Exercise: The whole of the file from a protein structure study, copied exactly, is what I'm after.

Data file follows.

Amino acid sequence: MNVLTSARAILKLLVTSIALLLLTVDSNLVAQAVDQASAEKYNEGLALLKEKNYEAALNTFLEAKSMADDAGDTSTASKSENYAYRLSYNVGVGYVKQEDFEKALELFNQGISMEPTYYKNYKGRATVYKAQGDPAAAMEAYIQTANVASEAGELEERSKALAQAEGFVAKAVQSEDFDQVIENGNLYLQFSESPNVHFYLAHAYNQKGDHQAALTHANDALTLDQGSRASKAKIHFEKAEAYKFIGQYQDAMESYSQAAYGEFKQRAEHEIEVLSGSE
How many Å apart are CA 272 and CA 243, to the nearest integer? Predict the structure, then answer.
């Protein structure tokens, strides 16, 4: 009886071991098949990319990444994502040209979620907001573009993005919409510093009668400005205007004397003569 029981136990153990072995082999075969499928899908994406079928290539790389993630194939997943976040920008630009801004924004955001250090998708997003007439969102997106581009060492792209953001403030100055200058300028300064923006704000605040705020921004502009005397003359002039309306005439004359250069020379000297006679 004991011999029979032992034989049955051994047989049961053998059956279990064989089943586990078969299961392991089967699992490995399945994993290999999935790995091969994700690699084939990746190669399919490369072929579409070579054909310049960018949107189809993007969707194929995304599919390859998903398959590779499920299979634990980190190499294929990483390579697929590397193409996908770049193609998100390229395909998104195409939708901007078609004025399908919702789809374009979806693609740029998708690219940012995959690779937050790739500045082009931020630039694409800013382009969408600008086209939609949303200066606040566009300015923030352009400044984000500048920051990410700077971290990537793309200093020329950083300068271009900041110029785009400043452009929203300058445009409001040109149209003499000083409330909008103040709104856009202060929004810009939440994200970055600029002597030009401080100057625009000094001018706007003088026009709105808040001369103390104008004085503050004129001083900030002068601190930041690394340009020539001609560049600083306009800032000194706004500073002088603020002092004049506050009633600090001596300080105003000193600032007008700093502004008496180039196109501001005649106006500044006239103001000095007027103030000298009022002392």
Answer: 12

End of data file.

Amino acid sequence: MNVLTSARAILKLLVTSIALLLLTVDSNLVAQAVDQASAEKYNEGLALLKEKNYEAALNTFLEAKSMADDAGDTSTASKSENYAYRLSYNVGVGYVKQEDFEKALELFNQGISMEPTYYKNYKGRATVYKAQGDPAAAMEAYIQTANVASEAGELEERSKALAQAEGFVAKAVQSEDFDQVIENGNLYLQFSESPNVHFYLAHAYNQKGDHQAALTHANDALTLDQGSRASKAKIHFEKAEAYKFIGQYQDAMESYSQAAYGEFKQRAEHEIEVLSGSE
How many Å apart are CA 272 and CA 243, to the nearest integer? Predict the structure, then answer.
């Protein structure tokens, strides 16, 4: 009886071991098949990319990444994502040209979620907001573009993005919409510093009668400005205007004397003569 029981136990153990072995082999075969499928899908994406079928290539790389993630194939997943976040920008630009801004924004955001250090998708997003007439969102997106581009060492792209953001403030100055200058300028300064923006704000605040705020921004502009005397003359002039309306005439004359250069020379000297006679 004991011999029979032992034989049955051994047989049961053998059956279990064989089943586990078969299961392991089967699992490995399945994993290999999935790995091969994700690699084939990746190669399919490369072929579409070579054909310049960018949107189809993007969707194929995304599919390859998903398959590779499920299979634990980190190499294929990483390579697929590397193409996908770049193609998100390229395909998104195409939708901007078609004025399908919702789809374009979806693609740029998708690219940012995959690779937050790739500045082009931020630039694409800013382009969408600008086209939609949303200066606040566009300015923030352009400044984000500048920051990410700077971290990537793309200093020329950083300068271009900041110029785009400043452009929203300058445009409001040109149209003499000083409330909008103040709104856009202060929004810009939440994200970055600029002597030009401080100057625009000094001018706007003088026009709105808040001369103390104008004085503050004129001083900030002068601190930041690394340009020539001609560049600083306009800032000194706004500073002088603020002092004049506050009633600090001596300080105003000193600032007008700093502004008496180039196109501001005649106006500044006239103001000095007027103030000298009022002392």
Answer: 12